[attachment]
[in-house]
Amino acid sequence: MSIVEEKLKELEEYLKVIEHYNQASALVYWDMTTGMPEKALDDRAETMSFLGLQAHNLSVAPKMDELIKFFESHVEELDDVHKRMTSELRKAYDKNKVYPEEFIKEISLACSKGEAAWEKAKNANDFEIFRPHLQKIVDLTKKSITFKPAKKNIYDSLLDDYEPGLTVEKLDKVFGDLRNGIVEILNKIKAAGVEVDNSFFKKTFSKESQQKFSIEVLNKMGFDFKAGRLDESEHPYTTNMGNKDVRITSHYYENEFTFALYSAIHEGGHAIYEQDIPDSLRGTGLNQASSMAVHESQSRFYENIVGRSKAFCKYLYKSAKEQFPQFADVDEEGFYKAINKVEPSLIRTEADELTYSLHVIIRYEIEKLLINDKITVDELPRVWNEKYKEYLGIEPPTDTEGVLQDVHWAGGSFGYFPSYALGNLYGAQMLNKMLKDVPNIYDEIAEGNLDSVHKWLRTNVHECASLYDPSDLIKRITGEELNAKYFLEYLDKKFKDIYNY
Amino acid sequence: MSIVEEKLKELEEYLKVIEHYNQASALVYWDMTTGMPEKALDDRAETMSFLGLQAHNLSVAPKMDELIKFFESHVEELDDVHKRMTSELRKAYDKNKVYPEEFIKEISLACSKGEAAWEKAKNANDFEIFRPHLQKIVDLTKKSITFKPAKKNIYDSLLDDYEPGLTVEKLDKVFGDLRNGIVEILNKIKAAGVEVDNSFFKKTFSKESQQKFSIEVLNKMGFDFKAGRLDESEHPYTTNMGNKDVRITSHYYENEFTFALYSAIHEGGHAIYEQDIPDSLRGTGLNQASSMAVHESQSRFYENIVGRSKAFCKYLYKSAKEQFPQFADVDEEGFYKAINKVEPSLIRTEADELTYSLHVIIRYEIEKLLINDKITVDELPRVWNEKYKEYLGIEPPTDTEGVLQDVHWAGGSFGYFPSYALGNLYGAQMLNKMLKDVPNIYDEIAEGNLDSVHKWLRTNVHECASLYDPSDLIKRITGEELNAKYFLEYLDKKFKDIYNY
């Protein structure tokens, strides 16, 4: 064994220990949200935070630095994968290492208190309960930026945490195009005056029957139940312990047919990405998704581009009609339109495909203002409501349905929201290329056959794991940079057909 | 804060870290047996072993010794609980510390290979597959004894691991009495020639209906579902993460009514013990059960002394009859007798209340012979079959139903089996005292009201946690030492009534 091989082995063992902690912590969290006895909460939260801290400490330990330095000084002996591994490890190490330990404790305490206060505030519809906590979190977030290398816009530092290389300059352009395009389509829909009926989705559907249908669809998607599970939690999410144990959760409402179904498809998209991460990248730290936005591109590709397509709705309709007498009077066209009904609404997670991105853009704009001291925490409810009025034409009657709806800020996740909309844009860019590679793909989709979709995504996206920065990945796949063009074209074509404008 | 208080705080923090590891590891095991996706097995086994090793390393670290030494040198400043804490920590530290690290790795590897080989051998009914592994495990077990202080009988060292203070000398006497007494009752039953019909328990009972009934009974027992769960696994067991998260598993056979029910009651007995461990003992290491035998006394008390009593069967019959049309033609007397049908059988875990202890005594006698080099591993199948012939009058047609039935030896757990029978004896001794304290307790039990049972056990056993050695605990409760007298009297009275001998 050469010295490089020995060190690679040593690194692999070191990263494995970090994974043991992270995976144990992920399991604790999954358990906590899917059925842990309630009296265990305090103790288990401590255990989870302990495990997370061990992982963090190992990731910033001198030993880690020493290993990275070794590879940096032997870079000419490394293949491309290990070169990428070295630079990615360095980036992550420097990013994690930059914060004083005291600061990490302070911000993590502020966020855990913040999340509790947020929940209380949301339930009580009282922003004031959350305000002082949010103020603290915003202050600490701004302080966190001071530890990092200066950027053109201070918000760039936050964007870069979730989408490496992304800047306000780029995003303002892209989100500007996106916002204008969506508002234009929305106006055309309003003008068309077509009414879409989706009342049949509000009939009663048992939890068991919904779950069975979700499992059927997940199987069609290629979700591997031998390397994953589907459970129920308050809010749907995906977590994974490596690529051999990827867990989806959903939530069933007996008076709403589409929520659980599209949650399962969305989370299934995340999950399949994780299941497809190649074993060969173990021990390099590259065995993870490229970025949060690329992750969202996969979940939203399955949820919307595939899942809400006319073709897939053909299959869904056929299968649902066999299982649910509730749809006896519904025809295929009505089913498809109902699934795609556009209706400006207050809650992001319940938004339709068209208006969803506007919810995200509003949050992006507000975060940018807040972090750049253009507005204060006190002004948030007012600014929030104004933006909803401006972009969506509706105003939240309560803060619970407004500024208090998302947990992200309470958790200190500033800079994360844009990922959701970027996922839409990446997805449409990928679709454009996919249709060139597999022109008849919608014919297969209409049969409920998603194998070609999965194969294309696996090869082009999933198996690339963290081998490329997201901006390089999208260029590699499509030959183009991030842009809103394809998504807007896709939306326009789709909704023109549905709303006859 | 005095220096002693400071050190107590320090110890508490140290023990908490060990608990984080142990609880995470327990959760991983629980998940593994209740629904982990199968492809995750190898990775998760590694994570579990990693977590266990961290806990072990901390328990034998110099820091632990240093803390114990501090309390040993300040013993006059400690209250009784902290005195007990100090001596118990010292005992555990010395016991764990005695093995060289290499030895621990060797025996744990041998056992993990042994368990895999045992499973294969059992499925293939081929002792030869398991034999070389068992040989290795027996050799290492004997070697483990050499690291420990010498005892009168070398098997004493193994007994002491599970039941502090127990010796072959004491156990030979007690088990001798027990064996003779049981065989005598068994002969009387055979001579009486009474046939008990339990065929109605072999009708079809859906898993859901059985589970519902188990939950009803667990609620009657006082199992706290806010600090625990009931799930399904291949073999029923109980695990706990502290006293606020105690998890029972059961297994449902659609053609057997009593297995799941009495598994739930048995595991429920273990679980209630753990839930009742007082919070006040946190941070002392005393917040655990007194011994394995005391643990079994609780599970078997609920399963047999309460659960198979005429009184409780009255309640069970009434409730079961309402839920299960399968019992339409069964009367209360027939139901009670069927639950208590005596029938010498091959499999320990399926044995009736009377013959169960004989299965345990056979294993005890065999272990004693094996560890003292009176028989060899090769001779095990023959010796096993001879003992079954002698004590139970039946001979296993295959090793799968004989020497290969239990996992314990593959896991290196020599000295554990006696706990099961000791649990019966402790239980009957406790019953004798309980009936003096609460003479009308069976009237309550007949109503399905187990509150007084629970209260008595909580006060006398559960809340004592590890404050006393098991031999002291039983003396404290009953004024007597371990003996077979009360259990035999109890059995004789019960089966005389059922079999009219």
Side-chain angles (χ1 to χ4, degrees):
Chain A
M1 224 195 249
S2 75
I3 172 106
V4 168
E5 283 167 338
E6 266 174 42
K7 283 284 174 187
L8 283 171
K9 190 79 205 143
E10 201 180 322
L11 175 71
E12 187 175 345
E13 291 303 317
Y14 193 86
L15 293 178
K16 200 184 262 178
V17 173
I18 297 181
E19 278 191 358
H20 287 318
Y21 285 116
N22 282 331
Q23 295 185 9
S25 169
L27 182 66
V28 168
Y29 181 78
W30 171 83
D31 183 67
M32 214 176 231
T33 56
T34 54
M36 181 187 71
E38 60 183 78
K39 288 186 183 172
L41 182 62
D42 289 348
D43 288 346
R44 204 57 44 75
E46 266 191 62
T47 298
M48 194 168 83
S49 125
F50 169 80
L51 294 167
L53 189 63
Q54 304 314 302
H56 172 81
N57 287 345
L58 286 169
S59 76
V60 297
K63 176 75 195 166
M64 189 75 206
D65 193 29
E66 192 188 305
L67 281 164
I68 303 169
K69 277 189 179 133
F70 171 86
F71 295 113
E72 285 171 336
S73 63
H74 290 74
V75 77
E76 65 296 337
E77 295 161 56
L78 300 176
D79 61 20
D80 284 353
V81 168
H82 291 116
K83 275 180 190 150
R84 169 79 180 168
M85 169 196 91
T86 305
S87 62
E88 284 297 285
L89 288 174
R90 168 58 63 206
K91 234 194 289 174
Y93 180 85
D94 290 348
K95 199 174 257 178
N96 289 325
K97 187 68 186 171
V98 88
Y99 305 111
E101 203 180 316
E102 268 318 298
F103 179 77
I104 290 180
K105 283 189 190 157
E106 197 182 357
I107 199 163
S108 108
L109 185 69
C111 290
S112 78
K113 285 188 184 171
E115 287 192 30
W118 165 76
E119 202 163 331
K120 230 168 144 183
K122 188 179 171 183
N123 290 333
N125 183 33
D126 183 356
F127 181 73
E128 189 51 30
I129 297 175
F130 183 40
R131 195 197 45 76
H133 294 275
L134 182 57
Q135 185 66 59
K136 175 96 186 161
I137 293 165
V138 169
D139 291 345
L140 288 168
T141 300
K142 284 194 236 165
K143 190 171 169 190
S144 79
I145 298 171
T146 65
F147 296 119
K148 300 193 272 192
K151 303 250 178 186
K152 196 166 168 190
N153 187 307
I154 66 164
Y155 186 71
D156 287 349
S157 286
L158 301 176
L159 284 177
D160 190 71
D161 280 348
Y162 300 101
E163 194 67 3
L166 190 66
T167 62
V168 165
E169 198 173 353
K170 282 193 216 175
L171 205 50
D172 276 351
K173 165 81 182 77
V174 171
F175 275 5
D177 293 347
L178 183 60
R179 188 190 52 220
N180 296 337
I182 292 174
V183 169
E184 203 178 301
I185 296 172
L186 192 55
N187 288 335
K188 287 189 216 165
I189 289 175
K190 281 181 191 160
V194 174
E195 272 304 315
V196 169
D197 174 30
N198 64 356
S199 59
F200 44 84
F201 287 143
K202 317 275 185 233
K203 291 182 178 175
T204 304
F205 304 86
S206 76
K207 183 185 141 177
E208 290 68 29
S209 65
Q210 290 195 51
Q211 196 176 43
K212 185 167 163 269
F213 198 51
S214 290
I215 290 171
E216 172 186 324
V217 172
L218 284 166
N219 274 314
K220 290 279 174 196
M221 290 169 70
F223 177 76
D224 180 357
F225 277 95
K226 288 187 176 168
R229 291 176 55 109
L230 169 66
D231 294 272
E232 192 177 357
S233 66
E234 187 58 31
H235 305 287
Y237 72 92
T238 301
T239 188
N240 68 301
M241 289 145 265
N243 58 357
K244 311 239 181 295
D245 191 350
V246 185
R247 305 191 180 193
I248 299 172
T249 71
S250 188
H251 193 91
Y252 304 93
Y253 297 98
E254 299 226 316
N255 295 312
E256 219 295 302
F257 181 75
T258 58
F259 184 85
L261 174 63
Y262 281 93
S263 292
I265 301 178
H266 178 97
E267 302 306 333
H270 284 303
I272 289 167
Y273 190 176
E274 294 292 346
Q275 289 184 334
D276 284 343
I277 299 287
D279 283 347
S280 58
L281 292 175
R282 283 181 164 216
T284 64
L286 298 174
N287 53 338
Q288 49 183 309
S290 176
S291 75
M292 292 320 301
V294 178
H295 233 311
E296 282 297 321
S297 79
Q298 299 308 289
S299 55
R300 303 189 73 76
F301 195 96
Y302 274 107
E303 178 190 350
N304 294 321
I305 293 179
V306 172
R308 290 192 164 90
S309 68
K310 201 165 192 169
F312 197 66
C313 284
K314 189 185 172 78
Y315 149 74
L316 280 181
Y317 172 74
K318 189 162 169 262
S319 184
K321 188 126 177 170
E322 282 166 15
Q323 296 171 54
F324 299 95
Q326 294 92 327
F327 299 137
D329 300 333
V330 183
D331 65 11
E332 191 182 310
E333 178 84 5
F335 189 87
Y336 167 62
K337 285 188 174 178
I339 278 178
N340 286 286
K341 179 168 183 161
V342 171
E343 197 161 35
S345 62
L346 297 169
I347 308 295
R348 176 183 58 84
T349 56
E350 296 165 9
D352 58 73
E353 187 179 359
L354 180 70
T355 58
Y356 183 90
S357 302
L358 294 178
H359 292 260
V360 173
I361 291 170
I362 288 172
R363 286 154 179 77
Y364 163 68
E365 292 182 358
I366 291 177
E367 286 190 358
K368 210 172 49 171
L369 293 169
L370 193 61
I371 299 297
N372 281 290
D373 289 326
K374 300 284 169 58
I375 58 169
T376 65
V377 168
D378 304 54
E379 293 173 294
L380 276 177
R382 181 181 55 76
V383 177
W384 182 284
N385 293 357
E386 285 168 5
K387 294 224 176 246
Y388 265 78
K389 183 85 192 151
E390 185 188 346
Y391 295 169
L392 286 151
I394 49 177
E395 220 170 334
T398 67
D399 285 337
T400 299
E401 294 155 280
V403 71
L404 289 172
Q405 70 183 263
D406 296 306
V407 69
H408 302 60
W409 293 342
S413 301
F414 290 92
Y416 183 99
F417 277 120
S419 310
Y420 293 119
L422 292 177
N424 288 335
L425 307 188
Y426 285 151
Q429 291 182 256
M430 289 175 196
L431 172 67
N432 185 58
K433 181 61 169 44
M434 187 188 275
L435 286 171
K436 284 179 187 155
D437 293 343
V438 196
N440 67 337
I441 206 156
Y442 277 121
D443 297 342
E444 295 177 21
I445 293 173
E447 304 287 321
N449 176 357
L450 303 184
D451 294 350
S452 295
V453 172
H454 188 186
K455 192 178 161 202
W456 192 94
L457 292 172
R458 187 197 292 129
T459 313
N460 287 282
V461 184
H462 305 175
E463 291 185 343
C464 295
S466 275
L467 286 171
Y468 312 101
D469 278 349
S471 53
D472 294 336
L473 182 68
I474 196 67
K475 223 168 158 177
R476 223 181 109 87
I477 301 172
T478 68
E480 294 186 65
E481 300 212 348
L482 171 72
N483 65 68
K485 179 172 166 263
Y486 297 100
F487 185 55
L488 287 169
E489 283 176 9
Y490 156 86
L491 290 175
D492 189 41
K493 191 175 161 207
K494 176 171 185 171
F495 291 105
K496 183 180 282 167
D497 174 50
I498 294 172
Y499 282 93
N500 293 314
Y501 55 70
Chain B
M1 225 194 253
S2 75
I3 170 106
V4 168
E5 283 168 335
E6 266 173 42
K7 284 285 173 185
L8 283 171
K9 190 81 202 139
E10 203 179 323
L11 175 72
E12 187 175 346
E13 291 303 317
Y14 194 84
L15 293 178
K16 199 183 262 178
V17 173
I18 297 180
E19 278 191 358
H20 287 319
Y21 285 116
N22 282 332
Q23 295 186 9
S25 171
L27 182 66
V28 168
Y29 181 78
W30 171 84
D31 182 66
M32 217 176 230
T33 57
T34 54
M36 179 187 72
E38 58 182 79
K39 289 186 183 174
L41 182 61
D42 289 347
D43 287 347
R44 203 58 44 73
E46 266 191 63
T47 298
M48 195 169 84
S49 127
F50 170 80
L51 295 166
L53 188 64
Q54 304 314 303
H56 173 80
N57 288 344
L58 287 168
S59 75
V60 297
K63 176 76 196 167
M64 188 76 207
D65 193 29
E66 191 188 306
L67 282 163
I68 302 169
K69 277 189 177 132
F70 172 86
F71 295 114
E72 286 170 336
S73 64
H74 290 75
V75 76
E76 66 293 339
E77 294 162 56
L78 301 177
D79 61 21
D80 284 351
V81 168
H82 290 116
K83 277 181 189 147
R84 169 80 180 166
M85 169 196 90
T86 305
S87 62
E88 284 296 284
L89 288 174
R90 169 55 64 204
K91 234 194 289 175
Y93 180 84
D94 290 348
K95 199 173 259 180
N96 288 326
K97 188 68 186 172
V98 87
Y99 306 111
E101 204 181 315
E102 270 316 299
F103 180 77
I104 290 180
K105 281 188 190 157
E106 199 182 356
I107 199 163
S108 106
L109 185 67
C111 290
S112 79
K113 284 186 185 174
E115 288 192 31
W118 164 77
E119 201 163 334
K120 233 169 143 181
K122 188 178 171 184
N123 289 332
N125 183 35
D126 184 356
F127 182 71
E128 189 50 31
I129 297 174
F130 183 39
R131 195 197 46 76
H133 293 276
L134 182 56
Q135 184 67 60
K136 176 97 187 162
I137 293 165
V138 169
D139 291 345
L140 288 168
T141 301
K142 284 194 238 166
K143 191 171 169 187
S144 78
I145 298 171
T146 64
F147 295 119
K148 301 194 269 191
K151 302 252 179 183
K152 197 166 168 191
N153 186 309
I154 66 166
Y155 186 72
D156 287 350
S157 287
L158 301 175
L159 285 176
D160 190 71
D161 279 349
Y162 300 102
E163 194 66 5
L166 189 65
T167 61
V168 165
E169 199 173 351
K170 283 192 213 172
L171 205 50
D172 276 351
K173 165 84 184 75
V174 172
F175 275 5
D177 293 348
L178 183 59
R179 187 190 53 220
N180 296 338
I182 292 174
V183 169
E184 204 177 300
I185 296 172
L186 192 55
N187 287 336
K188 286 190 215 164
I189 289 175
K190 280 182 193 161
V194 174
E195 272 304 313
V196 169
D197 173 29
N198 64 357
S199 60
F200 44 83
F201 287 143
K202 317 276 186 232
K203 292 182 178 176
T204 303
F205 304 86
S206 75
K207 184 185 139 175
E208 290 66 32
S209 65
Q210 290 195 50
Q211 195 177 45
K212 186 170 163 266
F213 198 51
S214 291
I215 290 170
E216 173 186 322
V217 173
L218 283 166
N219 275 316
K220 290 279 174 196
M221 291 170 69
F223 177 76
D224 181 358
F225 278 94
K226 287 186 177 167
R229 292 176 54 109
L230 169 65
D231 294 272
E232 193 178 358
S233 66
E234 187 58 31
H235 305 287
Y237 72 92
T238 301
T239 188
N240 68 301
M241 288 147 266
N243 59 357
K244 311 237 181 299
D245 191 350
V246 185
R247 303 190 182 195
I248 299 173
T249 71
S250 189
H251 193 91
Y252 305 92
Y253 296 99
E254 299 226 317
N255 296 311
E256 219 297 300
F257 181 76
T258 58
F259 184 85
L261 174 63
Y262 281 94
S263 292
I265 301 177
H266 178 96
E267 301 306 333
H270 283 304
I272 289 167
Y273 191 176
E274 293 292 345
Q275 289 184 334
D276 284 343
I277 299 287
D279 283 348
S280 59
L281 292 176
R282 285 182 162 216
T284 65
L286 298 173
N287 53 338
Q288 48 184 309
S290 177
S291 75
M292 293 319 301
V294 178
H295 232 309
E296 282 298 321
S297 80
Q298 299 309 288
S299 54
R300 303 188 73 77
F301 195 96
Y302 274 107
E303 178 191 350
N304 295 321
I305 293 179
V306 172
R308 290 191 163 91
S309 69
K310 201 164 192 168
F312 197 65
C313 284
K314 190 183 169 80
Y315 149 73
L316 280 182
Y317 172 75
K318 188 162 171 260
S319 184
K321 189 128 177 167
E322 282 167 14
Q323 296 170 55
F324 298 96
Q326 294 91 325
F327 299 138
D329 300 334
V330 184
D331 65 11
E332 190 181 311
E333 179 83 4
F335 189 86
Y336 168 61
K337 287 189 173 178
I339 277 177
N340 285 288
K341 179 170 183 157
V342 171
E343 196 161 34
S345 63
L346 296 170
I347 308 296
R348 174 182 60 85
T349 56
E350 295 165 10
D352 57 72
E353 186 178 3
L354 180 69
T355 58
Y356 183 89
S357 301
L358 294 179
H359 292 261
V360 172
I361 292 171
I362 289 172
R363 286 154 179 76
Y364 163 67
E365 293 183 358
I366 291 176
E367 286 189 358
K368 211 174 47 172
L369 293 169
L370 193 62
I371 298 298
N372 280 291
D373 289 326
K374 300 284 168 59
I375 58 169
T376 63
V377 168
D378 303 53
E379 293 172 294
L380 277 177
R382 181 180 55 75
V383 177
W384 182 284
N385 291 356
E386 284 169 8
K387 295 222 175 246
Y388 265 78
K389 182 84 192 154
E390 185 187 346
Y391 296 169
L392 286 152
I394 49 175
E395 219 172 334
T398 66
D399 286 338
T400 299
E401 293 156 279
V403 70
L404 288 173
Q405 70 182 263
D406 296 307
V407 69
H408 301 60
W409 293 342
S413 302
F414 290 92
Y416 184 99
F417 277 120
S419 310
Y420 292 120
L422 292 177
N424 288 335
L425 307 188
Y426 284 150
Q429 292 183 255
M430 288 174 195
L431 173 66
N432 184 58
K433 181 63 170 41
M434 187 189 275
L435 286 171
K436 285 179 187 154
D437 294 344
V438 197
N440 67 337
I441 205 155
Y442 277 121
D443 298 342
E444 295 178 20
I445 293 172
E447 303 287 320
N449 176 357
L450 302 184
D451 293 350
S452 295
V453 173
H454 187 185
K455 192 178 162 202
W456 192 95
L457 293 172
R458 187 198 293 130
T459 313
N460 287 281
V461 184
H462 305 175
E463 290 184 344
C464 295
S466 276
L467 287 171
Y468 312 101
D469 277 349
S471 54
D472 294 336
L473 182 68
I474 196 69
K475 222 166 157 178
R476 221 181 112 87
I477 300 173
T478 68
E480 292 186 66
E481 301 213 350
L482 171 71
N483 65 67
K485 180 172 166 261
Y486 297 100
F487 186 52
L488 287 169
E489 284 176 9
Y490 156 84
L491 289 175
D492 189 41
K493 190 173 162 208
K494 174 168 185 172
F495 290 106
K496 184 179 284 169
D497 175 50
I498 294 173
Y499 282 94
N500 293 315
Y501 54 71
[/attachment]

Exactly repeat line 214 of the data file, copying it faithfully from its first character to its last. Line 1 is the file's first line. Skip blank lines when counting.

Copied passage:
N240 68 301